of the fan support. They showed up even when
it was cold out.”
It was a close team, too, and Ellis spent much
of the off-season working out at the UofL athletic
facilities with ex-teammates like Brendan McKay,
Colby Fitch and Devin Hairston, three of several
Cardinals who were also drafted by big-league
McKay was a first-round pick of the Tampa Bay
Rays. He spent the season in Wappinger Falls, N.Y.,
with the Hudson Valley Renegades of the New
York-Pennsylvania League. A versatile athlete
who played first base and pitched in college, he
hit .232 and won his only pitching decision.
Shortstop Hairston was drafted in the fourth
round and spent 2017 in Appleton, Wisconsin,
with the Wisconsin Timber Rattlers, a Milwaukee
Brewers property in the Class A Midwest League.
He hit .210 and made 10 errors in 44 games.
Fitch, the Cards’ catcher, was drafted in the 13th
round by the Philadelphia Phillies. He split the
summer between the Lakewood (N.J.) Blue Claws
of the South Atlantic League and Williamsport
(Pa.) Crosscutters of the New York-Pennsylvania
League. Fitch hit only .217 at Lakewood, but .350
The point is, it’s a long haul for almost everybody,
even the best college players. But it’s all part of
the dream, a dream so many young athletes have
Ellis recalled first dreaming the dream at
Jeffersonville High School, when he saw other
local players getting scouted by pro teams. “I
remember thinking, ‘I’m as good as these guys,
but I’m not getting any attention.’ So I changed
my thinking, and started working my butt off.”
He had been a shortstop in high school, but
Louisville coach Dan McDonnell moved him to
third in college because the Cardinals already had
slick-fielding Hairston. That makes Ellis’ prospects
on the Diamondbacks somewhat problematic.
They already have a third baseman. Jake Lamb
hit 30 home runs and drove in 105 runs last year.
And he’s only 26.
A scouting report on Ellis said defense is his
biggest question mark – “lack of range” – and that
maybe first base is a better option. But the D-backs
also have a first baseman. Paul Goldschmidt hit
.297 last year, with 36 home runs and 120 RBIs. He
was third in the National League’s Most Valuable
Still, Ellis knows major league rosters are fluid.
Free agency makes everything unpredictable.
Who knows where Lamb or Goldschmidt will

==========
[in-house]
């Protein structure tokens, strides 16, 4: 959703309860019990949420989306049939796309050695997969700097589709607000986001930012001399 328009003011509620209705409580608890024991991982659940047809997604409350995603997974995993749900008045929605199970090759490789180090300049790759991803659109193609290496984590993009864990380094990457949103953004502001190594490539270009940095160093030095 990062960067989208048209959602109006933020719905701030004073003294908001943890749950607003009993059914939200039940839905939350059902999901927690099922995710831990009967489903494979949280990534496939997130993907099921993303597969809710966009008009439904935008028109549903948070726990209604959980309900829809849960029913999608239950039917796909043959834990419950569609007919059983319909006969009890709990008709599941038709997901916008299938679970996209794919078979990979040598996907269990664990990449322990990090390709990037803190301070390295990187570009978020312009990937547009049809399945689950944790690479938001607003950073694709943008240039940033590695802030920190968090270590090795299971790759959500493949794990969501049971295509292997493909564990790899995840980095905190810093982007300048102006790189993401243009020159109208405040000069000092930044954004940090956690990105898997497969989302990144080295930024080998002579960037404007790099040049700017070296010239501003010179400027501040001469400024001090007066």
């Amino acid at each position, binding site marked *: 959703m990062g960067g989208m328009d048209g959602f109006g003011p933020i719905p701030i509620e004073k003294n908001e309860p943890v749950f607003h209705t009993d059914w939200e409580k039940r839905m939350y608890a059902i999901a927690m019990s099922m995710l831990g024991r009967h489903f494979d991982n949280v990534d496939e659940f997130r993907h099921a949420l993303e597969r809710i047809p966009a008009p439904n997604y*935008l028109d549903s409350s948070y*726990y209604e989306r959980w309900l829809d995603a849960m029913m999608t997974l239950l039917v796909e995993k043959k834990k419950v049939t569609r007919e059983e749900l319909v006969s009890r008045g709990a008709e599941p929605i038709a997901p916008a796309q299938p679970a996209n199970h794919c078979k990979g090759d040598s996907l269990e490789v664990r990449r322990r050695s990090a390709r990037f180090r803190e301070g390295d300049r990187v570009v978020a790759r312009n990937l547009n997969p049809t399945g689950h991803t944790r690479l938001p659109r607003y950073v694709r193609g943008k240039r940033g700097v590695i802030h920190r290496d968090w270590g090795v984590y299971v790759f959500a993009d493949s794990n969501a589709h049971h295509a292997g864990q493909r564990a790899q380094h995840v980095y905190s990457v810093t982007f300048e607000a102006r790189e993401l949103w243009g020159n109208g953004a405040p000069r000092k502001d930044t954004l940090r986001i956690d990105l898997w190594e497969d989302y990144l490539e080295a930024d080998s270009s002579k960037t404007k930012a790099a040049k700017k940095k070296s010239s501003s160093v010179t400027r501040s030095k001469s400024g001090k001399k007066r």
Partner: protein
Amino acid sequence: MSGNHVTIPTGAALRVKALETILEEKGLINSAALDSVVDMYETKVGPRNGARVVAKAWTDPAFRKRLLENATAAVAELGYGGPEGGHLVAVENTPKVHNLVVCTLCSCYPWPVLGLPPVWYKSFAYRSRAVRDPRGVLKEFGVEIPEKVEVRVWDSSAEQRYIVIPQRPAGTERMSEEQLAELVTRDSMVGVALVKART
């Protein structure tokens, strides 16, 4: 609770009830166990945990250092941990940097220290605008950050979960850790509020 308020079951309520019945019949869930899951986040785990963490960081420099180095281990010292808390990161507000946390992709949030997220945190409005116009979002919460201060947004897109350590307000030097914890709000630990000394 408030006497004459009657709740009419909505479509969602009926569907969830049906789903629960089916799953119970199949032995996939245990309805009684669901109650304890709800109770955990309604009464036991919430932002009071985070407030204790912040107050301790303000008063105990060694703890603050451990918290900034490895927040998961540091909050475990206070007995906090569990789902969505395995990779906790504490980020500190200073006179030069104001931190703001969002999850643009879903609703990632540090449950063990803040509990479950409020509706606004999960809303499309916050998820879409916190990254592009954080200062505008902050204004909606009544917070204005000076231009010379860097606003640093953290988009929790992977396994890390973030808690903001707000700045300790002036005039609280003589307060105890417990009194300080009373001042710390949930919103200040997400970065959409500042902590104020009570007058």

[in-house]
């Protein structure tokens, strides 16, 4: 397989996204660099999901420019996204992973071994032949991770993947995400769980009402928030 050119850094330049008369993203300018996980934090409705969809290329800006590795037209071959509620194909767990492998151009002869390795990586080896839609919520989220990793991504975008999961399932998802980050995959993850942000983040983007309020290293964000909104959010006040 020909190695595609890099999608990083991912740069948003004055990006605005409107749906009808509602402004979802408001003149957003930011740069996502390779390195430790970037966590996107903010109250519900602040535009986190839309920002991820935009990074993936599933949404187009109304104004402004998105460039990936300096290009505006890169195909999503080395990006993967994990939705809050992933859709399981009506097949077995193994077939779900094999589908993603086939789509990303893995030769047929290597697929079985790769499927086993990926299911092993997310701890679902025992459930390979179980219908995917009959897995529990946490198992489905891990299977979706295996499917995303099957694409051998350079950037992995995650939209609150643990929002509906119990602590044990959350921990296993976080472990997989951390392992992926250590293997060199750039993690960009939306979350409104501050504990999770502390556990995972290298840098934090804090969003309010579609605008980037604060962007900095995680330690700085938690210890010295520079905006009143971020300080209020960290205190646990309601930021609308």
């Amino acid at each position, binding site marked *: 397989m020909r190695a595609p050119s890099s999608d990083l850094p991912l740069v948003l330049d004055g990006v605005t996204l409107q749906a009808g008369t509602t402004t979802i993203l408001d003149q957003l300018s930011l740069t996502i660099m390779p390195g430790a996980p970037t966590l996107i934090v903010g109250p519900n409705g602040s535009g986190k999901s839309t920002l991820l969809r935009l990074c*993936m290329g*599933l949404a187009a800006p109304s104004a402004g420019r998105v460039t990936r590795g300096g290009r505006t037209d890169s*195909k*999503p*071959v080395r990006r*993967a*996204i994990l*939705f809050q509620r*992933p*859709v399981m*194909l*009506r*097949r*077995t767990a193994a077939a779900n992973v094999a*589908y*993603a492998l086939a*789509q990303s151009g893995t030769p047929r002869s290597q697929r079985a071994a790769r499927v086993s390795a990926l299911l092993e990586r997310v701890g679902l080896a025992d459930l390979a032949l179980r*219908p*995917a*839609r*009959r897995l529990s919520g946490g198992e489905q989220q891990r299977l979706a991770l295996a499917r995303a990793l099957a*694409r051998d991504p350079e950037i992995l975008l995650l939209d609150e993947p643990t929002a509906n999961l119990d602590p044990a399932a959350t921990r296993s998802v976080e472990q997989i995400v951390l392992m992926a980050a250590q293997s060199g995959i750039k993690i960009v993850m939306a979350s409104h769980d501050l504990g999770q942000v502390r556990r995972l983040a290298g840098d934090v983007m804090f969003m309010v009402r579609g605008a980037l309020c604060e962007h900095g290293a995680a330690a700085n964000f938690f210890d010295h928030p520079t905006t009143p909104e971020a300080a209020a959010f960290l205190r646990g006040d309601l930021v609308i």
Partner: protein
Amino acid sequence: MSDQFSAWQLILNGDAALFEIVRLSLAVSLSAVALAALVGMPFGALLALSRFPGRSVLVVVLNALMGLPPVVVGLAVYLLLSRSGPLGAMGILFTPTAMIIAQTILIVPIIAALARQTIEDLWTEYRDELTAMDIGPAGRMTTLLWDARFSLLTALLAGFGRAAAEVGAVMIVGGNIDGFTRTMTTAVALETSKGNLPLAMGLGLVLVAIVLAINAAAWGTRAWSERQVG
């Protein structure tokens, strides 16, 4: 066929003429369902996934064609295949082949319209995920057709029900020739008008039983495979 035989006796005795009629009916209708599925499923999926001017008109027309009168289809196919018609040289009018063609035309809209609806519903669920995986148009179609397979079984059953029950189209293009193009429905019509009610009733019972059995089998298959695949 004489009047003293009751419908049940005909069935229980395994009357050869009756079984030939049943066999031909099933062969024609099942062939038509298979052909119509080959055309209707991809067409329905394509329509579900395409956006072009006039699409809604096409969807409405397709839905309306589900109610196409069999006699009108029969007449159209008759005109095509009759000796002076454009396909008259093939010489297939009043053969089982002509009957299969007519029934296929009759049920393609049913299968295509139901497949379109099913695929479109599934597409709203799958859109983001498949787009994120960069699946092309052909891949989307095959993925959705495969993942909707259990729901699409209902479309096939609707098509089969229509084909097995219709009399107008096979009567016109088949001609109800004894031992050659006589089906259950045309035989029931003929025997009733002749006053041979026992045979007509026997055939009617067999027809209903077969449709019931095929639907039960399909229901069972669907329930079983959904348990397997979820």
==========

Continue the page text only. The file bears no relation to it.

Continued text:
be in two years?
More important, Ellis knows he can only worry
about Ellis. The rest will follow. “They haven’t
talked to me much yet about where I’ll be,” he
said. “Wherever I play, my expectation is to play
as well as I can play. They’ll put me where they put
me. I’ve just got to do what I’ve always done, by
preparing the way I prepare. Do the little things I
need to do, to make sure I’m on top of my game.”
There’s a level-headedness there about an
outcome Ellis can’t control except to prepare for
the best so he can expect the best. Partly, that’s
a work ethic first drilled into him by his high
school coach, Derek Ellis, who also happens to
be his father.
And partly, it’s the result of a faith he acquired
while in high school, when he was baptized by
his friend, “one of best decisions of my life, to
He said he struggled a little bit as a high school
freshman, as so many freshmen do, not knowing
which crowd to follow. But since his baptism, he
said, “I know who my Lord and Savior is. And
life is easier when you have someone to rely on.
When times are hard or going well, through ups
and downs and struggles, it’s been good for me
to rely on my faith to get through those.”
He said he’s seen teammates make some choices
he wouldn’t have made, “not necessarily because
they’re bad people but because they haven’t had
a faith to help them out.”
There will be ups and downs in Ellis’ baseball
career, just because there are ups and downs in
that life for everybody. He seems well-equipped
to handle both.
And it’s not just because he can hit the fastball.